XIMENA RUBIN DE CELIS
THUESDAYS, 1:00 pm to 3:45 pm
FALL TERM 2010
APPLICATION PAPER #1
TERATOGENS AND PREVENTION
Teratogens and Prevention
I can imagine how you may feel being pregnant for the first time. You may have many questions and concerns about what is the best way to manage yourself during your pregnancy, and you may not be aware of how important it is to learn to take care of your health, especially at this particular time.
Since I have known you, I have noticed some of your habits, smoking and drinking. I know that you may not care about the effects that it can cause you because you may think that they are not very harmful since you are a young girl who appears to be in very good health. However, because I am your friend, I took the courage of writing this letter to you, to give you advice because I care and I want the best for you and your baby.
Many times I have recommended that you stop smoking and drinking because they are bad, and they could be very harmful for your health in the long run. But, obviously I am not a scientist, so I cannot explain everything to you in a scientific manner. You should not be smoking or drinking while you are pregnant. I would like you to better understand from a scientific point of view, so I did some research about the effects of using Teratogens, (cigarettes and alcohol in your case). To prove to you in a credible way, I am using scientific books to give you broad information about it, so you can finally understand and consider changing your lifestyle especially during this period of time.
Ashley, these are some scientific results of many years of investigation that would give you a wider knowledge about the real reasons for not smoking or drinking while pregnant. The scientific conclusions on this paper are the results of scientific studies about tobacco and alcohol effects on the developing fetus and influences on later development in offspring.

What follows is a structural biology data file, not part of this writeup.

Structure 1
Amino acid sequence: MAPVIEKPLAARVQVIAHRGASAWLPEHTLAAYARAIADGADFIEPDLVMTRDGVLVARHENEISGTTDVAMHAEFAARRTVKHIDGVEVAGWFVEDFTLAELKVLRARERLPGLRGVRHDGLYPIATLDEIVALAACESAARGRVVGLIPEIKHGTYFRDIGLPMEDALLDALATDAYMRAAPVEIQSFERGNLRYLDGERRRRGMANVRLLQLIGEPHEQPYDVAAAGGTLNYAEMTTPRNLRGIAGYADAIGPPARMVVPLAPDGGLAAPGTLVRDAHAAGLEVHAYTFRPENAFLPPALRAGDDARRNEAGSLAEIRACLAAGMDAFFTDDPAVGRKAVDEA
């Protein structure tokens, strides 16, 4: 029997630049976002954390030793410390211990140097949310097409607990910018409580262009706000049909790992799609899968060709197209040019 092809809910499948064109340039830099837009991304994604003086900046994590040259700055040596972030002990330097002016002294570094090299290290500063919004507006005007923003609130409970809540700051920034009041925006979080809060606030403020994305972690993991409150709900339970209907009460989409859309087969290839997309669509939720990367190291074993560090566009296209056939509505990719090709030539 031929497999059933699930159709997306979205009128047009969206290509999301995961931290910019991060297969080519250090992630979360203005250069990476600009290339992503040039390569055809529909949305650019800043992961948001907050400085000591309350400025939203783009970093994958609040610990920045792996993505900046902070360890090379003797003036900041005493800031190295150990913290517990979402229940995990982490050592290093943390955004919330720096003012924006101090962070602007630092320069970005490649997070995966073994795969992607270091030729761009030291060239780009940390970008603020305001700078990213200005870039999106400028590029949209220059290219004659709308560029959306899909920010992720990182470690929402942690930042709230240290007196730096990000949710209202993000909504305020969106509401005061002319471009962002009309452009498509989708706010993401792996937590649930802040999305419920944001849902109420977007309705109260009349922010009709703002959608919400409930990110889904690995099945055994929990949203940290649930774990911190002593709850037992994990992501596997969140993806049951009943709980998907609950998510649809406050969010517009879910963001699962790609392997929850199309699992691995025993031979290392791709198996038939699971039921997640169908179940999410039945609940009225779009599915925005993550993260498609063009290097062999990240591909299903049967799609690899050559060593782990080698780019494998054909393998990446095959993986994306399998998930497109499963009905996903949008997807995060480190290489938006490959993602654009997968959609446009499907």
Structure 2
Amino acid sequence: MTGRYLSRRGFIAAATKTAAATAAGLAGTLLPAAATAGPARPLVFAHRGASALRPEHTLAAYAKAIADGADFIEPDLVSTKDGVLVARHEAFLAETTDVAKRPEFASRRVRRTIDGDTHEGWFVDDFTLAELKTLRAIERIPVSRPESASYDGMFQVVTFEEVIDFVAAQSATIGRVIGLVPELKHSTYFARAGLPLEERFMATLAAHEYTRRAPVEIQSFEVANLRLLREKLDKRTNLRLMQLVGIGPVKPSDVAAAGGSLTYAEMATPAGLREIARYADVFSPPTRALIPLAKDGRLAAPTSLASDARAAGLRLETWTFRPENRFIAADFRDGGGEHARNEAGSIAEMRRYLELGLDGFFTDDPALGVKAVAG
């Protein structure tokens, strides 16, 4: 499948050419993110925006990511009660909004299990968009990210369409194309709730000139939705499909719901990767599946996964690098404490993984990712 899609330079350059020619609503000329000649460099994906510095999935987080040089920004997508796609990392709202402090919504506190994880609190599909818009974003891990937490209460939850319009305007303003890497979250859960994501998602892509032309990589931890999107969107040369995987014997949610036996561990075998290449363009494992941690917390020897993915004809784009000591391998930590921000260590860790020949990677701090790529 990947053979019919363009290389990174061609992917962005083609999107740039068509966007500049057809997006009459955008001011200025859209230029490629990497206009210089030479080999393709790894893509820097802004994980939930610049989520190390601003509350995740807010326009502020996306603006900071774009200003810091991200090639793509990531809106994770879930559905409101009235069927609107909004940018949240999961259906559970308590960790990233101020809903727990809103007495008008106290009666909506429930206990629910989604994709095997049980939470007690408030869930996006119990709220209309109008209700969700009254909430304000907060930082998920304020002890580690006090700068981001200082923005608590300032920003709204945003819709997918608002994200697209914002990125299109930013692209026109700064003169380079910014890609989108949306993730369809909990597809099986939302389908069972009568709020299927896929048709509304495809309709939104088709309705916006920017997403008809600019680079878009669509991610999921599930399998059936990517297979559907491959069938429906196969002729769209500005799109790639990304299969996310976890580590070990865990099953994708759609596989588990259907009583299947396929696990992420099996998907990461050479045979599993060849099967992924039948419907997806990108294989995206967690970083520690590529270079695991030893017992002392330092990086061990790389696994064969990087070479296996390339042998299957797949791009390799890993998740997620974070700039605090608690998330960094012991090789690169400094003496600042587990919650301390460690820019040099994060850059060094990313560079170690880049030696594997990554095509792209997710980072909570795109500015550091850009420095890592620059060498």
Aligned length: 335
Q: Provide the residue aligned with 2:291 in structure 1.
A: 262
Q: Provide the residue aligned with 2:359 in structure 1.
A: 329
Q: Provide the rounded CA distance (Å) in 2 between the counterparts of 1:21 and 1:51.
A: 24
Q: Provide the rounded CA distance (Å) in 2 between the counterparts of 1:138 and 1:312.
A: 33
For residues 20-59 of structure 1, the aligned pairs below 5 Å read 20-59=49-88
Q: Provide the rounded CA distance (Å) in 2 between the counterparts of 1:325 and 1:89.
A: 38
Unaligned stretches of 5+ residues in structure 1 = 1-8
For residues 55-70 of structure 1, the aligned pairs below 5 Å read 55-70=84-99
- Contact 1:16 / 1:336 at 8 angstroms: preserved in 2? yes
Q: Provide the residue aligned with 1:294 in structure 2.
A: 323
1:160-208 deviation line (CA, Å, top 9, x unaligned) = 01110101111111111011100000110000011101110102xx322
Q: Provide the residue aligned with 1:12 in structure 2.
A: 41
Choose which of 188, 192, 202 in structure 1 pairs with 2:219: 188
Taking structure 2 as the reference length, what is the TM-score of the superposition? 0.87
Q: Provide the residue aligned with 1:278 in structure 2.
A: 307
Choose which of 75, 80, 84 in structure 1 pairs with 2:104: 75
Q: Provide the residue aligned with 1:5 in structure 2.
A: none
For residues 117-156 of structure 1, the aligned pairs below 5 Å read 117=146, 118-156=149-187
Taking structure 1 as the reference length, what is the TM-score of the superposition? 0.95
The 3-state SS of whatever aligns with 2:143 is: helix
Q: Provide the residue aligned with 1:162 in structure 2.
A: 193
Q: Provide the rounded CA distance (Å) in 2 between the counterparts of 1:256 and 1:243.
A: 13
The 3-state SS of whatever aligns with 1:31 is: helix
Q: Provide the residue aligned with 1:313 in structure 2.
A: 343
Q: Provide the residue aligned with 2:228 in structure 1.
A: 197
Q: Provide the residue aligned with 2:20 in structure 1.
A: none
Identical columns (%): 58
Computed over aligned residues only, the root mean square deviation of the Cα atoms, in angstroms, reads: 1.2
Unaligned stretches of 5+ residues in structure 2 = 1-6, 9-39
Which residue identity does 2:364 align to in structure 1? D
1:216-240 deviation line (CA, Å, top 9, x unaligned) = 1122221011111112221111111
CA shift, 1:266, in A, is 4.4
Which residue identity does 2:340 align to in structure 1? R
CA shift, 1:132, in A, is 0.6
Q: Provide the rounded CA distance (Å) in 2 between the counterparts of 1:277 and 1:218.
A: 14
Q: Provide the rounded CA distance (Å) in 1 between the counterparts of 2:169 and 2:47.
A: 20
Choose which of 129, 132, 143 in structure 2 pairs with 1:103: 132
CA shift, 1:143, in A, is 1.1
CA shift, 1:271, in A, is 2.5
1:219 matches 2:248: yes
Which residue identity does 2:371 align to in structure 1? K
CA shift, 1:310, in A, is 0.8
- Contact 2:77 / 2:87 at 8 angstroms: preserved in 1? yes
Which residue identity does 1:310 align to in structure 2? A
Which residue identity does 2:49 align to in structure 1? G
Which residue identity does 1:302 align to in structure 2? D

Ashley, we all know that tobacco use during pregnancy affects fetal development on multiple levels. Nicotine readily crosses the placenta, in fetal tissue, and results in fetal concentrations of nicotine that can be 15% higher than those in the pregnant woman. The direct actions of nicotine on the fetus affect growth and neural development during the intrauterine period and have long-term effects on brain function, cognition, and behavior (Willford, 315).
Prenatal tobacco use affects the nutritional status of the mother, leading to an increased risk of having an infant with low birth weight and causes increased vascular resistance in the placenta, resulting in reduced oxygen flow to the fetus (Willford, 315).
A meta-analysis estimates that PTE, or prenatal tobacco exposure was responsible for up to 4800 infant deaths, 61,000 infants with LBW, or low birth weight, and 26,000 neonatal intensive care admissions per year (Willford, 316).
The effects of prenatal tobacco exposure can be seen even at lower levels of exposure: in one report, 11.5% of infants born to light smokers (less than six cigarettes a day) have low birth weight, compared to 7.5% of those born to non-smokers (Willford, 317).
Smoking during pregnancy is also significantly related to poorer performance on spelling, reading, and arithmetic among 5 to 11 year olds in other study (Willford, 319).
There is positive association between maternal smoking during pregnancy and the risk of ADHD in study children between the ages of 6 and 17 (Willford, 319).
There is consistent evidence that children exposed to tobacco during pregnancy are at an increased risk for behavioral problems, these behavioral effects persist into the adolescent and adults years. Maternal smoking during pregnancy predicts persistent criminal outcomes in adult male offspring in another study (Willford, 320).
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